“Toni Erdmann,” a new German language film from director Maren Ade and nominated for Best Foreign Film at this year’s Oscars, is being billed as a comedy but that’s not exactly accurate. It is absurd and often quite funny, but those laughs come from a deep mine of pain and desperation.
Peter Simonischek is Winfried, an elderly music teacher and next level practical joker. When he isn’t teaching he’s wearing funny teeth and punking the mail delivery people, pretending to be a dangerous criminal just out of jail for sending bombs through the post. His daughter Ines (Sandra Hüller), a corporate bigwig working for an oil company in Bucharest, did not inherit the clown gene.
The two are polar opposites, so when he shows up unannounced to spend time with her, she’s not entirely pleased. After a falling out he leaves, presumably to catch a plane back to Germany, only to reappear in her life as “life coach” Toni Erdmann. Dressed in an ill-fitting suit, plastic teeth and a fright wig he tries to endear himself to her friends and co-workers in a strange attempt to forge a relationship with a daughter he bares knows.
Despite Winfried’s off-the-wall antics “Toni Erdmann’s” main feel isn’t one of humour but of desperation. The father is desperate to understand his daughter’s life and career choices. Ines’s desperation manifests itself in quick blasts of temper and a kill-or-be-killed attitude on the job. Both behave strangely, expressing their dysfunction in very different ways, but they share a feeling that something is missing from their lives.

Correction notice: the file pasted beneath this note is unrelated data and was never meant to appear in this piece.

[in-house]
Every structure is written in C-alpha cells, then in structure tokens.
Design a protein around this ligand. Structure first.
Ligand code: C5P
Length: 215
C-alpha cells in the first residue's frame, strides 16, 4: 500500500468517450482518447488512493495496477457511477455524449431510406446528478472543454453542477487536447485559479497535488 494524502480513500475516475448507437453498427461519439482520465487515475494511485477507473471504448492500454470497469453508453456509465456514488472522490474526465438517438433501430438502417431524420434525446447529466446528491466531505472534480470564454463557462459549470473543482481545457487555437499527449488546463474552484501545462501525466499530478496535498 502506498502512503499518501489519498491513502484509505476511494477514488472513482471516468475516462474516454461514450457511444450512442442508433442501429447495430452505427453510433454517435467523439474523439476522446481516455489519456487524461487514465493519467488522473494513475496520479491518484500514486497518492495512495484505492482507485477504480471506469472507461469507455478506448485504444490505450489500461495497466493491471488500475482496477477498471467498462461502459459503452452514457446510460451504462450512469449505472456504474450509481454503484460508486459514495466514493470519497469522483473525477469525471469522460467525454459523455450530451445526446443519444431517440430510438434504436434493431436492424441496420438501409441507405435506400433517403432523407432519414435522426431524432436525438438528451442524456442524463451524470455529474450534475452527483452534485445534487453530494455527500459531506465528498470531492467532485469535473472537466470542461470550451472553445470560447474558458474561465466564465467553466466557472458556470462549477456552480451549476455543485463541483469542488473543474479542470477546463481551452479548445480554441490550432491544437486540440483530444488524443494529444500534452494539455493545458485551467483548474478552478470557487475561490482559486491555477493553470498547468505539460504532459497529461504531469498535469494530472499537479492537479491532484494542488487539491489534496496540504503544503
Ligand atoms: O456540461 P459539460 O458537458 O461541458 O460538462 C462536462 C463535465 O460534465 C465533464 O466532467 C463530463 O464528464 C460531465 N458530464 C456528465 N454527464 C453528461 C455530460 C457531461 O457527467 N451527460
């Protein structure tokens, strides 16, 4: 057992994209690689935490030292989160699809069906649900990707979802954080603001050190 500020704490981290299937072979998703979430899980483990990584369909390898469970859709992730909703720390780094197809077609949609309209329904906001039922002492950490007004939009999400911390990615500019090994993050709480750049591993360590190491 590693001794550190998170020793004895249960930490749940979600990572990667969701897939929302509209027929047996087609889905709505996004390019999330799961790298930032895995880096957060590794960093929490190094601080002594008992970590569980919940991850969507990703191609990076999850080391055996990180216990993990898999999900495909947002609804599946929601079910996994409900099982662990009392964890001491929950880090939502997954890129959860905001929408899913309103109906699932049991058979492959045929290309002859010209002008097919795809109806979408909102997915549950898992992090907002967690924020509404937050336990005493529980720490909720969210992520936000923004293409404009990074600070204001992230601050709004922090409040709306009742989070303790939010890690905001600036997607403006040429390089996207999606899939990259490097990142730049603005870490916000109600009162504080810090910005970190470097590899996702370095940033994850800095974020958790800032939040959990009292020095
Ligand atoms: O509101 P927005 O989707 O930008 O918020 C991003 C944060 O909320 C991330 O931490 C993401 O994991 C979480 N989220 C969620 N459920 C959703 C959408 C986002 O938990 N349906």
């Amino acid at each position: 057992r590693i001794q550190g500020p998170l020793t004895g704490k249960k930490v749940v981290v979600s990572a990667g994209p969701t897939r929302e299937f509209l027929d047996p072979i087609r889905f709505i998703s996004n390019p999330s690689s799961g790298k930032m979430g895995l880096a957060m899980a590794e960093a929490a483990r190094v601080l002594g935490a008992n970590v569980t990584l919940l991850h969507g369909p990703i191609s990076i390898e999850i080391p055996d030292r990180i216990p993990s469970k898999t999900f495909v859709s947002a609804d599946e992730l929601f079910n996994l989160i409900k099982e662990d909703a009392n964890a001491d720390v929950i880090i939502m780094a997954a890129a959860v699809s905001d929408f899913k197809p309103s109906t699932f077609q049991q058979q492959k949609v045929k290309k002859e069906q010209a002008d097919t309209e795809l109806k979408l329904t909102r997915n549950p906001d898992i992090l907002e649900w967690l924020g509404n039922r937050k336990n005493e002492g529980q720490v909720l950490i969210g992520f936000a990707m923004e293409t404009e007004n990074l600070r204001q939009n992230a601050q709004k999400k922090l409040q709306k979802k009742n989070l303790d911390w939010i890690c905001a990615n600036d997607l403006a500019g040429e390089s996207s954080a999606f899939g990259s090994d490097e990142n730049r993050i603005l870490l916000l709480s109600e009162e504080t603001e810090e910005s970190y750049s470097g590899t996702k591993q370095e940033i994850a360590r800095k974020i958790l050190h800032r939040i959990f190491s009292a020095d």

It’s heady stuff for a film that features funny teeth and clownish wigs but it works because of Ade’s unblinking camera and naturalistic and emotional performances from the leads.
Ade allows the camera to linger on uncomfortable, bittersweet moments that at first feel unnecessary but soon become intimate glimpses that reveal the inner thoughts of father and daughter. More than just padding and making an already long movie even longer, they are windows into the personalities of the characters. Like watching someone when they don’t know they’re being observed, they provide a raw look at Ines and Winfried.
The movie’s greatest moment, a public display of catharsis from Ines comes with the singing of a song. At a party father prods his daughter to sings while he plays a small electric piano. She lets loose, finally dropping her carefully constructed public persona and belts out a version of Whitney Houston’s “The Greatest Love of All” that would bring the house down at any respectable karaoke joint. It’s a show-stopper, an exuberant letting loose that showcases much more than Ines’s way with a song. It is a great purge, a letting go of her inhibitions after getting her buttons pushed and it is glorious.
Simonischek and Hüller are wonderfully cast. Simonischek‘s sad sack father has found an outlet through humour and, sometimes infuriatingly, passes along his wisdom to his daughter. He’s all heart and often stands in stark contrast to his all-business daughter.
Hüller has the wider character arc and makes us care about someone who is being consumed by her own sense of emptiness. Did I mention this is being marketed as a comedy? That archetype of a successful person who swaps any sort of meaningful human connection for success is ripe for parody and Hüller mines it for funny moments as Ines slowly wakes up and comes to life.
“Toni Erdmann” has no real payoff other than spending time with two fascinating characters. For me that was enough.